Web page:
July 17, 2019 | 92° F

SANCHEZ: Pragmatic case against Clinton’s candidacy

Opinions Column: The Champagne Socialist


Four states into the Democratic primary, and so far for my preferred candidate Sen. Bernie Sanders (I-Vt.) we’ve a victorious blowout in New Hampshire, a virtual tie of less than 1 percent between him and former Secretary of State Hillary Rodham Clinton in Iowa, a close loss in Nevada and a crime scene in South Carolina. Sanders has come a very, very long way. He started in the single digits when he first announced his candidacy last spring, and now, according to some polls, like a recent one from Reuters, he’s virtually tied with Clinton’s filthy-rich, Establishment-approved juggernaut of a campaign. Yet after losing by a wider gap in South Carolina than he won New Hampshire, just a few days from today’s Super Tuesday when more than a dozen states vote, the sense that Bernie’s "political revolution" will have to wait another four years is eerily palpable. Pundits on CNN, MSNBC, Fox and elsewhere are declaring Sanders dead.

Yet the corporate media is — as always — exaggerating. Sanders was indeed thrashed by South Carolina’s black voters as Clinton took about 85 percent of them, but that support came almost explicitly from older black voters who supported her astronomically more than black millennials down in the Palmetto State. Furthermore, the demographic makeup of the primary itself was exceptional in racial terms and isn’t representative of the whole country or party. The theory of Clinton’s “Southern Firewall” depends on large numbers of black voters, and South Carolina was the highest with about 60 percent of primary voters being black. Yet in delegate-rich states like Texas or Virginia for instance, blacks make up around one-fifth to one-third of Democratic voters. And nationally, African-Americans were only about 13 percent of the 2012 electorate, which is important to know for the general election. Indeed, with New Hampshire’s black voters being less than 2 percent of the total, that state’s demographics were a bit more representative of the whole country than South Carolina. This isn’t to say black folks aren’t electorally significant, but beating a fascist like Donald Trump means not simply relying on them alone. Victory depends on a multiracial coalition of the 99 percent like the one Sanders is trying to build.

And besides, the primaries have just begun! Barely 5 percent of the delegates have been decided so far, yet that will change tonight. With states outside of the Clinton-friendly Deep South like Massachusetts and Colorado voting tonight, the Sanderista Revolution may just survive. And what’s also crucial to know is that the voters that will be much more significant in the general election were won by Sanders down in South Carolina: Independents, millennials, first-timers and white dudes. Now Sanders isn’t as popular with African-Americans as he is with European-Americans, but he still managed to win Nevada Latinos. But voters of color will reject a fascist like Trump anyway. What’s important is in converting Independents and first-time voters into Democrats by increasing turnout. And Mrs. Clinton isn’t the person to do that. Indeed, all signs point to a Clinton candidacy being a disaster.

As you should know, despite their smugness, Democrats are very weak right now. Under the milquetoast and overly conciliatory President Obama, the Democrats have lost in the U.S. Congress, statehouses and governorships. Democrats are at their weakest since before the Depression, despite Republicans being the more unpopular party. A party as weak as this needs to do something drastic if it wants to remain nationally competitive and elect a president that can actually work with an agreeable, brand-new Congress instead of the obstructionist constitutional hardball we’ve seen for years. Yet all Clinton seems to be offering is more of the same, and not a bold, left-wing alternative to galvanize turnout and kick the G.O.P. out from their jobs.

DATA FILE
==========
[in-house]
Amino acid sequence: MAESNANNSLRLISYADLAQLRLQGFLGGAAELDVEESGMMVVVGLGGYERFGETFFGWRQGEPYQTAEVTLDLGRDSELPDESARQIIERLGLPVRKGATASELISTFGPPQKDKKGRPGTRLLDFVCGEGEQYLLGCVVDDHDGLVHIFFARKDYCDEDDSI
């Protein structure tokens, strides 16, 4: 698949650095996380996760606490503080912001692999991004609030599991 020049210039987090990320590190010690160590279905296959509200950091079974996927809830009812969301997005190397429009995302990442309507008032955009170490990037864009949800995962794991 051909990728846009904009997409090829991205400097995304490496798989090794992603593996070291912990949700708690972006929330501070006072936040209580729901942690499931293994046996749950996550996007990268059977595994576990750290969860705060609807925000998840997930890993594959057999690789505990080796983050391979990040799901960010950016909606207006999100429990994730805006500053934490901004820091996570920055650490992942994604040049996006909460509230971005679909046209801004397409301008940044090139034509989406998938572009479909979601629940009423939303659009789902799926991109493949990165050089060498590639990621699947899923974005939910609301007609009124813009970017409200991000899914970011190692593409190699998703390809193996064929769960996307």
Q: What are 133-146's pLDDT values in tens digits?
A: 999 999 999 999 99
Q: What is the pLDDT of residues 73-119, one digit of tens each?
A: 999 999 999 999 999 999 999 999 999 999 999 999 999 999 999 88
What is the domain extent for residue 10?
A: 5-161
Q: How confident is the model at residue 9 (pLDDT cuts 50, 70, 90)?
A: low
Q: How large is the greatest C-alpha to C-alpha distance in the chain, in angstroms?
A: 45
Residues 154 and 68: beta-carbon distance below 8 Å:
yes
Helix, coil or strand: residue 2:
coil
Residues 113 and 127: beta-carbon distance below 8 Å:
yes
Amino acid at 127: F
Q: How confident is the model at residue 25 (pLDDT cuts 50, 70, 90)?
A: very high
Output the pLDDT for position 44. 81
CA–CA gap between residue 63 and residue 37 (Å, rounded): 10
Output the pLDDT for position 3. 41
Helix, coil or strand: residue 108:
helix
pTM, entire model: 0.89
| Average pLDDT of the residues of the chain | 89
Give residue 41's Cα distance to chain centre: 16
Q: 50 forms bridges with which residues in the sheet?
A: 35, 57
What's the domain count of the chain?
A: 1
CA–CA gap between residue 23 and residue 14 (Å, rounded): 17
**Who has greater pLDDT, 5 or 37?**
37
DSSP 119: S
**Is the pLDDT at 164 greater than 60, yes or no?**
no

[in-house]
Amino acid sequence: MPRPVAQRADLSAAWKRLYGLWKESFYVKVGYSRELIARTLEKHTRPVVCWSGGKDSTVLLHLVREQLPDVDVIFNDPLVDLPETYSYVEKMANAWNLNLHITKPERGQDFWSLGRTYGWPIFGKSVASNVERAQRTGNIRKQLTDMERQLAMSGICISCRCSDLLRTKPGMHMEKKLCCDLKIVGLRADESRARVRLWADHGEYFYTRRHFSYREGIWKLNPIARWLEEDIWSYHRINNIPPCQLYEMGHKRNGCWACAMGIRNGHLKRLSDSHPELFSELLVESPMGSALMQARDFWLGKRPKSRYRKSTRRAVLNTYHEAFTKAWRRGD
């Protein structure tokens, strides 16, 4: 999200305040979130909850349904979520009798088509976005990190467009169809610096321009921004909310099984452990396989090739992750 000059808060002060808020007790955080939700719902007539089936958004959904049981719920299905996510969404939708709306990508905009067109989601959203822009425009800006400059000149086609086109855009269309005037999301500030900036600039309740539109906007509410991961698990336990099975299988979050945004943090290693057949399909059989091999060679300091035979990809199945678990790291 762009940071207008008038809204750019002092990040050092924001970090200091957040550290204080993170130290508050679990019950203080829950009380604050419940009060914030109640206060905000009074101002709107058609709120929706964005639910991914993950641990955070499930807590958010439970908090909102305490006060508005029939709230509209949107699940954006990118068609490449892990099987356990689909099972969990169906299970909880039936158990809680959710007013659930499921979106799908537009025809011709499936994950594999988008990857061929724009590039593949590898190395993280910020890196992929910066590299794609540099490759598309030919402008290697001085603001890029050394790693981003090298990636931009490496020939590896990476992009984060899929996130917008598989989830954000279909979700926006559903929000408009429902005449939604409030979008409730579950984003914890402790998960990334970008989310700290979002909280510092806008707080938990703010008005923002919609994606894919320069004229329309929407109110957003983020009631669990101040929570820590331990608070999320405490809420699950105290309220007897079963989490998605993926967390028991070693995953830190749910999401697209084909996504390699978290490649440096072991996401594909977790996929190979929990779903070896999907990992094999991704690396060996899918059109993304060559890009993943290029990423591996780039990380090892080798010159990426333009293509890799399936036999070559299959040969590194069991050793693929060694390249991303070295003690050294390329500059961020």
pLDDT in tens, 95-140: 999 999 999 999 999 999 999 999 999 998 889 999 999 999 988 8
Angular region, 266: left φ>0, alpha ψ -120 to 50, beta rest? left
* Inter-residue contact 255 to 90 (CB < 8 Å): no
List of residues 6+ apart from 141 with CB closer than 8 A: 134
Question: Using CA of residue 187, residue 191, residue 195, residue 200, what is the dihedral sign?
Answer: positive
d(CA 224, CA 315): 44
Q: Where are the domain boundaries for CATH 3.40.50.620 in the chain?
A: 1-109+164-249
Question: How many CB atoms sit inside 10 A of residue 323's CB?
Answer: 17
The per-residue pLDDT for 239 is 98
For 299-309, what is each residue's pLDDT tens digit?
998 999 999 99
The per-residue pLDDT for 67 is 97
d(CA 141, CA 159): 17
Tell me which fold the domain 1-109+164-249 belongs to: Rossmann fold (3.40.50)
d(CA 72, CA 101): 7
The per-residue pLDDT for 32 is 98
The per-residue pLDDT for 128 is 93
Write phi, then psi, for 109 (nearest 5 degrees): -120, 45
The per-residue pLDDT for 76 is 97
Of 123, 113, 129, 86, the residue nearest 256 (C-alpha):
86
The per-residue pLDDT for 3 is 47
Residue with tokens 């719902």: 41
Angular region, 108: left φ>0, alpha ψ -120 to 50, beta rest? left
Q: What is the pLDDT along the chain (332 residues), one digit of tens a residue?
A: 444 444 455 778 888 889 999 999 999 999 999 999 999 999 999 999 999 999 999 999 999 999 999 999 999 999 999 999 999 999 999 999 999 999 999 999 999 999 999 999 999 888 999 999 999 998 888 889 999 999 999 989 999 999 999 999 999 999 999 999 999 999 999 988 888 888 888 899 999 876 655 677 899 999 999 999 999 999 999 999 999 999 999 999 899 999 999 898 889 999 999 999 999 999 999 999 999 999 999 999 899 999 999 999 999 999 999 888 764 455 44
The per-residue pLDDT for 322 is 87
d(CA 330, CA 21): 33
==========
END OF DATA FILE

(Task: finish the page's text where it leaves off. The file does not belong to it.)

Clinton would likely be the least-liked presidential candidate in modern history, with a little over half of Americans viewing her as unfavorable and dishonest. Indeed, Sanders is the most favorable candidate of either party. Amongst electorally crucial Independents, who outnumber voters of both parties, Clinton is especially unpopular. Clinton’s unlikable image is based in her scandal-plagued career, and much of it is her husband’s baggage.

Every Clinton scandal imaginable will be exploited by Donald Drumpf — I mean, Trump. As Nathan Robinson wrote at Current Affairs, Trump will use everything against Clinton, who has never run in a general election, and has been an elected official for only eight years as a New York senator compared Sanders’s 35 years. She’d flailed as Trump attacks her constant flip-flopping on issues like free trade, reminds America that she arrived at his wedding, and can certainly cast her as a corrupted tool of Wall Street plutocrats. And hey, as the Washington Post’s Jennifer Rubin and others have pointed out, Clinton's a bad candidate: wooden, uninspiring, awkward and so forth. A socialist firebrand like Sanders then, laser-focused on the issues, un-bought and un-bossed, is the only candidate that’s most impervious to a Candidate Trump and can arouse more turnout while also gaining millions of new converts. Defeating fascism means dumping.

José Sanchez is a School of Arts and Sciences senior majoring in history with a minor in political science. His column, “The Champagne Socialist,” runs on alternate Tuesdays.


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José Sanchez

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